90-Second Pop, Culture Watch
Aired July 14, 2003 - 07:52 ET
THIS IS A RUSH TRANSCRIPT. THIS COPY MAY NOT BE IN ITS FINAL FORM AND MAY BE UPDATED.
SOLEDAD O'BRIEN, CNN ANCHOR: It is time once again for our feature, "90-Second Pop," which is a look at the world of pop culture with high-speed precision.
Our quick-witted panel this morning is Thelma Adams. She's from "US Weekly." She's a film critic there. Toure is a contributing editor for "Rolling Stone" magazine. And Belinda Luscombe is the arts and media editor for "TIME" magazine.
Welcome to all of you. Thanks for joining us.
TOURE, CONTRIBUTING EDITOR, "ROLLING STONE": Thank you.
O'BRIEN: Thelma, let's begin with you. Who would have thought a movie based on a ride at Disneyland would become the superstar of the weekend? I'm shocked.
THELMA ADAMS, "US WEEKLY": Anyone who has seen it, anyone who saw "Pirates of the Caribbean" would have loved it.
O'BRIEN: We loved it.
ADAMS: Johnny Depp, the happiest person on the earth today is his agent, because he is the movie. And it's so terrific, and it did, you know, 44 million over the weekend; more over the five-day spread. It is the surprise hit of the summer. People were saying it was going to be a bomb. No, no, no, no. People are loving this movie, and I did, too.
O'BRIEN: But is it a pirate thing? Because it seems like Sinbad -- whatever the long end of the title is...
ADAMS: Oh, it's "Sinbag," we call it. No.
O'BRIEN: Oh, wow!
BELINDA LUSCOMBE, "TIME" MAGAZINE: (UNINTELLIGIBLE) the "bad" in Sinbad on that movie. The good thing about this movie is it's so cleverly done. It doesn't insult your intelligence. It is what it is, and it's just fun. It's totally fun. I mean, Johnny Depp has a classic braided beard. Who knew? The beard that keeps changing. But who know?
And the thing is he says he's a combination of Keith Richards and Peppy la Pew (ph), and he really is. He's charming and stinky at the same time. O'BRIEN: I heard him say, I want to be in the sequel if there is one. And it's really rare to hear, you know, the star of the movie grovel...
O'BRIEN: ... for the next one on the opening weekend.
ADAMS: I know. And the great thing is it doesn't say at the end, to be continued. If there is a sequel, I'm happy to see it, but it is an entire movie.
O'BRIEN: Can we talk just a moment about Sean Connery in the "League of Extraordinary Gentlemen?" Have you seen that? Do you...
LUSCOMBE: I would almost see Sean Connery in anything.
O'BRIEN: See? I'm with you.
LUSCOMBE: In anything.
O'BRIEN: I'm with you.
O'BRIEN: This one is really going to push me.
TOURE: I mean, the title is so creepy (UNINTELLIGIBLE).
O'BRIEN: Obviously Toure not loving it. Let's move on and talk about another shocker for me, and I'm being sarcastic here, "Cupid," Simon Cowell's new reality programming.
LUSCOMBE: I think the "American Idol" franchise extends only so far. I really have...
TOURE: To the singers.
LUSCOMBE: Yes, just the singers.
TOURE: Just the singers that is.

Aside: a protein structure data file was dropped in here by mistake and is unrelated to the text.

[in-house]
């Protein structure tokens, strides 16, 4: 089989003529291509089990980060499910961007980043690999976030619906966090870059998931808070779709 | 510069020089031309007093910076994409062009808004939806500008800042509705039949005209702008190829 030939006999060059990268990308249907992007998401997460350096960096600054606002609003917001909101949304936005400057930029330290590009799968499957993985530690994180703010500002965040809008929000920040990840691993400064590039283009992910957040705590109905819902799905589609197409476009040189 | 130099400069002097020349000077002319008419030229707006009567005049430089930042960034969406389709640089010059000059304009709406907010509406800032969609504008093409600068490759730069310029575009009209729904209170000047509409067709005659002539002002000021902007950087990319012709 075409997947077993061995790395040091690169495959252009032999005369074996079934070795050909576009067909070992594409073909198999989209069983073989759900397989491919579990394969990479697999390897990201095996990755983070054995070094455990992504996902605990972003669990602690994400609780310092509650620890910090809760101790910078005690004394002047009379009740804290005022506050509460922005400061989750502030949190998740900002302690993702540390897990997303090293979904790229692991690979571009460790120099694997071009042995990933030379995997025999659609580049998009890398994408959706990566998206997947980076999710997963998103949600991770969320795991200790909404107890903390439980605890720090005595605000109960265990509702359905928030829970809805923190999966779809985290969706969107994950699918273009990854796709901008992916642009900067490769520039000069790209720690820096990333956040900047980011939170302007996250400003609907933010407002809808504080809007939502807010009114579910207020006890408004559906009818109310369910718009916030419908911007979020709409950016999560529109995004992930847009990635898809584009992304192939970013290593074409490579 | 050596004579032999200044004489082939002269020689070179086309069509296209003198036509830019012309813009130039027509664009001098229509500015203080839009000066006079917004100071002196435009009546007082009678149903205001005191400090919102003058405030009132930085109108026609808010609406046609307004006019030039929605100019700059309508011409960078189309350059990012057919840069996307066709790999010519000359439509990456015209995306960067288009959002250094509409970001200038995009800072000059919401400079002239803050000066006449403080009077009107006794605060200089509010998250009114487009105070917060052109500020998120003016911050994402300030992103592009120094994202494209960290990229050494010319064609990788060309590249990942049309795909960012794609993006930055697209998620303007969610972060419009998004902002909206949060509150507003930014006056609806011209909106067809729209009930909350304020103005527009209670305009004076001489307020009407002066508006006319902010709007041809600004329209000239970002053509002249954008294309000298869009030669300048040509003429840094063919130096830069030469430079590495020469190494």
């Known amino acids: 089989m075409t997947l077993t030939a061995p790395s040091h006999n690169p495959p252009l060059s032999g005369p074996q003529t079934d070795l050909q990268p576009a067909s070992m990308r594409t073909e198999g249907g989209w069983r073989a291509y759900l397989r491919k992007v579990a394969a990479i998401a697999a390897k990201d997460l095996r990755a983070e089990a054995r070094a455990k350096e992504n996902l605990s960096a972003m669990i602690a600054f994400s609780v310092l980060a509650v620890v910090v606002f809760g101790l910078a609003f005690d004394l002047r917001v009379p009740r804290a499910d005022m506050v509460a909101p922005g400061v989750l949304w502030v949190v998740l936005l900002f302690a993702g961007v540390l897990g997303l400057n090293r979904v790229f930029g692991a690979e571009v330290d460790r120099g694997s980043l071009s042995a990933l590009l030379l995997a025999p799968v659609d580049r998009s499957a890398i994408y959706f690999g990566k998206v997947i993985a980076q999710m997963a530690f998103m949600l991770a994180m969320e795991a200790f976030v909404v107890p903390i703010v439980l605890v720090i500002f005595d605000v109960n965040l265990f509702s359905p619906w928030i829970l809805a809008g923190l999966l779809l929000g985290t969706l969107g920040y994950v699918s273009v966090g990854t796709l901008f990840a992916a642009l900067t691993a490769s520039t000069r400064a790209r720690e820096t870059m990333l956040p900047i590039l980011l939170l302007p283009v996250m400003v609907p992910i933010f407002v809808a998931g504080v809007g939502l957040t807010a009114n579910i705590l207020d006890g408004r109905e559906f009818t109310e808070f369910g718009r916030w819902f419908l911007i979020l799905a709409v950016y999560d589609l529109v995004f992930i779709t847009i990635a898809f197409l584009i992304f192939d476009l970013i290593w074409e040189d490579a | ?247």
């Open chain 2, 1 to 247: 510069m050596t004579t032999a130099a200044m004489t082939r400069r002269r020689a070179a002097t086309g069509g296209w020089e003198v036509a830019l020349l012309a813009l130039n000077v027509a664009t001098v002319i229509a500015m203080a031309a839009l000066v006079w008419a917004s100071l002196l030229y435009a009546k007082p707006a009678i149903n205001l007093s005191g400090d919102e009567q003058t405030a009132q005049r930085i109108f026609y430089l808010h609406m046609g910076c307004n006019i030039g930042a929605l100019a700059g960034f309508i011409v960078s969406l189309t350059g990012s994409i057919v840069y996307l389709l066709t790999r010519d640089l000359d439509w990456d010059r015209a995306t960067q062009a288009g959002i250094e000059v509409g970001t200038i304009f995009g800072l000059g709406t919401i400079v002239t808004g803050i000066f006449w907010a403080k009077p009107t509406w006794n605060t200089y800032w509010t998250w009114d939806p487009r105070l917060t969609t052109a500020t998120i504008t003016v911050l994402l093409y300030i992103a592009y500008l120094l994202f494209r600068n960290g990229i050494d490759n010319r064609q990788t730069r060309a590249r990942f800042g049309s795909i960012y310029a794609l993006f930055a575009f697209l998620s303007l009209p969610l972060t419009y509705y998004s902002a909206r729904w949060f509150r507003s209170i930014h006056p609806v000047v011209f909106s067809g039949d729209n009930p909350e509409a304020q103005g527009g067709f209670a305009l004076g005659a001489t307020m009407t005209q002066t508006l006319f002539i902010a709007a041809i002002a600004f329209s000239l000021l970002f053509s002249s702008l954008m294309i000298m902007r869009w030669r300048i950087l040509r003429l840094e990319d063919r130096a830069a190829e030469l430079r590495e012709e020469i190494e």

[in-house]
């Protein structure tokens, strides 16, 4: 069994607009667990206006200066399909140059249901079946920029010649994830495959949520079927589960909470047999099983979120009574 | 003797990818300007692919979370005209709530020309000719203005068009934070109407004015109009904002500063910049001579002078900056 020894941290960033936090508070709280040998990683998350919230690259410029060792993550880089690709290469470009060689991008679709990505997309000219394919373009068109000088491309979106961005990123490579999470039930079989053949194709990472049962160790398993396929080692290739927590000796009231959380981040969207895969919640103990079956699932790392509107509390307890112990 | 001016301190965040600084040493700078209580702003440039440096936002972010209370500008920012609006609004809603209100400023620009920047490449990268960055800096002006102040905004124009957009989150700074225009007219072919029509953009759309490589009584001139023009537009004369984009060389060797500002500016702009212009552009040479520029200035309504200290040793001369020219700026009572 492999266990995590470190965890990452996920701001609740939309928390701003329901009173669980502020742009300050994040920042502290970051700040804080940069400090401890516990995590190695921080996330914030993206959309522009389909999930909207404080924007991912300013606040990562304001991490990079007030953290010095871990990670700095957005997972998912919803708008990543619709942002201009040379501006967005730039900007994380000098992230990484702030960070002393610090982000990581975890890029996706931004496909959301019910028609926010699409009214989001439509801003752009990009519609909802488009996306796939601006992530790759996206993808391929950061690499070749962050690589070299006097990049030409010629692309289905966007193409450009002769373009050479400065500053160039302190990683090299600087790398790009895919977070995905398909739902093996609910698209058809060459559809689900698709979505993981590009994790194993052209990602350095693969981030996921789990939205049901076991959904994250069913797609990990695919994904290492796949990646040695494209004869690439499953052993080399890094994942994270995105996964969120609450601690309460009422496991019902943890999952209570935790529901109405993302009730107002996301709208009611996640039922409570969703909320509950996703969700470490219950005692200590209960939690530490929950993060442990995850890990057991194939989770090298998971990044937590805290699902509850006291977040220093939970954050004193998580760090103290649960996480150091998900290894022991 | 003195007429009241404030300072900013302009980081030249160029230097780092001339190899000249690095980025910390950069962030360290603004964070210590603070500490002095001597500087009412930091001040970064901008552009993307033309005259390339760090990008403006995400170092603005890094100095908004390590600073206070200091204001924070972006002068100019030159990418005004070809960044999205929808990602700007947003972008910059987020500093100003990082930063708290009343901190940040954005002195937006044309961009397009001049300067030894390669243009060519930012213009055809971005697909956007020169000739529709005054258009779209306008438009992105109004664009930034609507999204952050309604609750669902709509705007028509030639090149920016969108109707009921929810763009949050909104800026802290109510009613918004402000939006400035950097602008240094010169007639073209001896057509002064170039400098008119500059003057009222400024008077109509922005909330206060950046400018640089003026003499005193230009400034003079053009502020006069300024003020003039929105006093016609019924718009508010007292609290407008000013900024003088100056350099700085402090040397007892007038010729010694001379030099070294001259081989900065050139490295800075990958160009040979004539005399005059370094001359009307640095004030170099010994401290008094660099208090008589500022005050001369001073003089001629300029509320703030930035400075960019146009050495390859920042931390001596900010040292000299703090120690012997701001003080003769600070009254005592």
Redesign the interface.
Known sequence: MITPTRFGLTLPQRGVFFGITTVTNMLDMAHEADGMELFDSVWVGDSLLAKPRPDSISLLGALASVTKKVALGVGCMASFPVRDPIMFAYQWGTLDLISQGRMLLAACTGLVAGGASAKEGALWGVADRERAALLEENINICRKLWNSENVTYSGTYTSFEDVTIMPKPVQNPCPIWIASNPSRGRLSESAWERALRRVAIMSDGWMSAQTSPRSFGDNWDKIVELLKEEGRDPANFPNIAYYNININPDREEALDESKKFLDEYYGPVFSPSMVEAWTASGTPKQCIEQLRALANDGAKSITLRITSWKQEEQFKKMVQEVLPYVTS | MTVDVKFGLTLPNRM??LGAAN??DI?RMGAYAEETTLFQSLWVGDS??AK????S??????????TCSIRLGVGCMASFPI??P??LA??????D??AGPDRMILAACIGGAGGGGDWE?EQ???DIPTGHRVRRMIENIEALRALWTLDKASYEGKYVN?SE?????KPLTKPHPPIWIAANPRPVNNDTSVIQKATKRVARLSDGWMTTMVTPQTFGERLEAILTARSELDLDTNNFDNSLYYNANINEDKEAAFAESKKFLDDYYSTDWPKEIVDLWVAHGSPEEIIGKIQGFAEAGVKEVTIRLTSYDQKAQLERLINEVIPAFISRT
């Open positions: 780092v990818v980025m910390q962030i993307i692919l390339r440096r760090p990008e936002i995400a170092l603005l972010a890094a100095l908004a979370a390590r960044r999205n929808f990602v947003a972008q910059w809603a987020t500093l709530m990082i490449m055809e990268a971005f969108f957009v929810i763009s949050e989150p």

LUSCOMBE: And if they go into movies, let's not pay any money to see them.
ADAMS: I think that the fact that those movies did not do well shows the limit. And I want to say one thing: "Who Wants to be a Millionaire?" It's like that was really, really hot, and then it's over.
ADAMS: And the same thing is going to happen here.
O'BRIEN: So then we should take this as the beginning of the end for reality TV programming?
LUSCOMBE: Oh, no.
TOURE: Well, no, no, no, no, not yet.
TOURE: I mean, "American Idol" is going to have whole another season. It's going to create new stars. I mean, I'm watching "Making the Band" on MTV.
O'BRIEN: You always talk about...
TOURE: I can't get enough. I love that show.
O'BRIEN: "Top Model."
TOURE: That was your favorite show.
O'BRIEN: I admit it.
LUSCOMBE: Now, that was a big chick show. That was a big chick reality show. I think reality shows depend on the concept, and what they're doing with so many of them is just changing (UNINTELLIGIBLE).
O'BRIEN: So, too much of a rip off? No one is going to buy it.
O'BRIEN: Let's talk about Katharine Hepburn, the new book about -- I guess it's her authorized autography. She worked with Scott Berg (ph), who is her biographer on it. Any big scoops in this book, Belinda?
LUSCOMBE: Not that we saw. "TIME" magazine actually excerpted that book. And it's more, I think, because he's such a friend of Katharine Hepburn.
O'BRIEN: And she's so private. I mean, this is a woman who really said not a lot over the years.
LUSCOMBE: This is not going to be the hard-hitting biography that we're sort of used to from Scott Berg (ph) I don't think. It's not -- it's really more or less the reminiscences of a friend. And, you know, I think it's a very sweet book. The excerpt we have is lovely. He clearly knew her very well. But I don't think we're going to get, you know, inside the whole Spencer Tracy thing.
ADAMS: It's not the Kennedy book. You know, it's not John-John and Carolyn and drugs.
LUSCOMBE: Well, by the way, (UNINTELLIGIBLE) may not have had that kind of thing in her life.
ADAMS: And there were a lot of stories that we still don't know.
O'BRIEN: And she certainly had strange issues with her dad and her brother committed -- I mean, there are a lot of unanswered questions. Does she tackle any of that at all?
LUSCOMBE: No. I think it pretty much is I think -- I haven't read the whole book. We excerpted it a little bit. They always were good friends.
O'BRIEN: And it sounds like he's protecting that friendship.
LUSCOMBE: I don't think you can be a good biographer and be a good friend, those two things I think don't work.
TOURE: Yes, that's right.
O'BRIEN: Toure and Belinda and Thelma, thanks so much, you guys.
TOURE: Thank you.
O'BRIEN: Appreciate it.
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